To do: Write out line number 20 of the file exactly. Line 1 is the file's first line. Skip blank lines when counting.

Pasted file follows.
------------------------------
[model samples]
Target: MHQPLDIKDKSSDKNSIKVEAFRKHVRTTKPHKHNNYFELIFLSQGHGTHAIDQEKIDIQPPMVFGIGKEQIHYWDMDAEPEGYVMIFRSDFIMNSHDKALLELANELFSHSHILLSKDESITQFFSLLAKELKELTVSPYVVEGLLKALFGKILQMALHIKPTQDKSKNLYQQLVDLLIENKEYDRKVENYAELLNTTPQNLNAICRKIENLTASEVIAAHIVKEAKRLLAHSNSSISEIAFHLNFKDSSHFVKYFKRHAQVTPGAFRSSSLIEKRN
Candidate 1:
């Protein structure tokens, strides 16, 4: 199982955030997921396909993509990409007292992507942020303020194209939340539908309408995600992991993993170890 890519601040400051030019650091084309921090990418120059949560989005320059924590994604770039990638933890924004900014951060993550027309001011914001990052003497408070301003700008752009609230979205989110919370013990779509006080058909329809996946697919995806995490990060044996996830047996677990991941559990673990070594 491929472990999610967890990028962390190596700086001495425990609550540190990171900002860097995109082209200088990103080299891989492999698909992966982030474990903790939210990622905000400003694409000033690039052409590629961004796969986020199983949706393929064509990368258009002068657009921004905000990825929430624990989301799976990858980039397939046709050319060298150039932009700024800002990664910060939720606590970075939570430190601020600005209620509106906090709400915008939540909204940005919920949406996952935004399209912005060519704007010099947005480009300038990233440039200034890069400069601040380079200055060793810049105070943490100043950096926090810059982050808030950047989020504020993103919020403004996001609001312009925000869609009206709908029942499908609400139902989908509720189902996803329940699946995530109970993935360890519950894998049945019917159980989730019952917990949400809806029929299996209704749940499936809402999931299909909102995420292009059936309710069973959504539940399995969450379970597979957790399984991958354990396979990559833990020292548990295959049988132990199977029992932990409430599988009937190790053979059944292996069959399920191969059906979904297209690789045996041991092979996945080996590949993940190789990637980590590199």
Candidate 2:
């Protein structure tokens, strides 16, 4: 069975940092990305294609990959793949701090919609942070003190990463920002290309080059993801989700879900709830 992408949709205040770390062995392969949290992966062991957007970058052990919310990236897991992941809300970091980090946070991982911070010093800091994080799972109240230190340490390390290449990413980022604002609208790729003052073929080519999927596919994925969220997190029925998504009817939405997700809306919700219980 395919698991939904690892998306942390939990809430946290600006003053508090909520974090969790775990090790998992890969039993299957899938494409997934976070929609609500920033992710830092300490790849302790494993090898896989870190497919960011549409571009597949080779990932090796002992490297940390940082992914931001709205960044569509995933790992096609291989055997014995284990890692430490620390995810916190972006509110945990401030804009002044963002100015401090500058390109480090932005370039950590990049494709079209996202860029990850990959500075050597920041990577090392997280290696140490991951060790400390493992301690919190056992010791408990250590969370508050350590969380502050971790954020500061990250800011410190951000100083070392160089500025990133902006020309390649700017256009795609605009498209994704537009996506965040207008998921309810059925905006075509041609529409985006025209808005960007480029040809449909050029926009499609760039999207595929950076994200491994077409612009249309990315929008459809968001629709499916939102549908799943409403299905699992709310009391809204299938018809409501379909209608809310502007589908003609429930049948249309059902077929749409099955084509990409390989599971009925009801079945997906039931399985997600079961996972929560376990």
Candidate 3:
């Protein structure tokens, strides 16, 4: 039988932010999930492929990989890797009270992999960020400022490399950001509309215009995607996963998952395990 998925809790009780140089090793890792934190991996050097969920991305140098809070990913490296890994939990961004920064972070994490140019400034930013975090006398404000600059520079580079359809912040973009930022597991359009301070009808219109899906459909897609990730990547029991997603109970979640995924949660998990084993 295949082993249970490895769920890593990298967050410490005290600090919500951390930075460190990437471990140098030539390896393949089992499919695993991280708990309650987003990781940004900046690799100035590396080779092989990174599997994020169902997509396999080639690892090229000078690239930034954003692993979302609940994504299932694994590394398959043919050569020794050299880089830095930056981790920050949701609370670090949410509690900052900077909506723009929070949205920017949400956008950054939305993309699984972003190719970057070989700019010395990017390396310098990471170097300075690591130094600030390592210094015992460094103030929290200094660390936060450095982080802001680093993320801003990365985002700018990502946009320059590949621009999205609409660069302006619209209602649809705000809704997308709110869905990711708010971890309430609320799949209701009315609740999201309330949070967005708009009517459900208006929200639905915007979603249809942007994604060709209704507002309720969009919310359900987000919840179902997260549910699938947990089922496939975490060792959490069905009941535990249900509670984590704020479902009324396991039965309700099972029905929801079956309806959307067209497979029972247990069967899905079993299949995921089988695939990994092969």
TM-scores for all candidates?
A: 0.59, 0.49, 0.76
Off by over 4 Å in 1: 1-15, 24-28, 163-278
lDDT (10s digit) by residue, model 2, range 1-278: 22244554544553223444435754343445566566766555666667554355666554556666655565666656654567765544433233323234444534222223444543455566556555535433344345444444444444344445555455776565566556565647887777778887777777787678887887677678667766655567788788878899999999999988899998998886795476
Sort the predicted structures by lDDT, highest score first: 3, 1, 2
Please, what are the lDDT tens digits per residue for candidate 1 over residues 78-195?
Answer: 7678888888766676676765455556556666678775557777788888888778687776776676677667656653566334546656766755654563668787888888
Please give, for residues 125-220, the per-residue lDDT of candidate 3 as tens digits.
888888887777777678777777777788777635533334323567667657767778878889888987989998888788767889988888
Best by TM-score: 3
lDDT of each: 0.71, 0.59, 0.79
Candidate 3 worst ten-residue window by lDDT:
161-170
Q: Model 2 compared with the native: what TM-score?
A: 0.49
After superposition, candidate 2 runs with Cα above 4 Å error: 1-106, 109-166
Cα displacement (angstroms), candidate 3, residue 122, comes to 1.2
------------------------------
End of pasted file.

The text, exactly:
Candidate 3 worst ten-residue window by lDDT: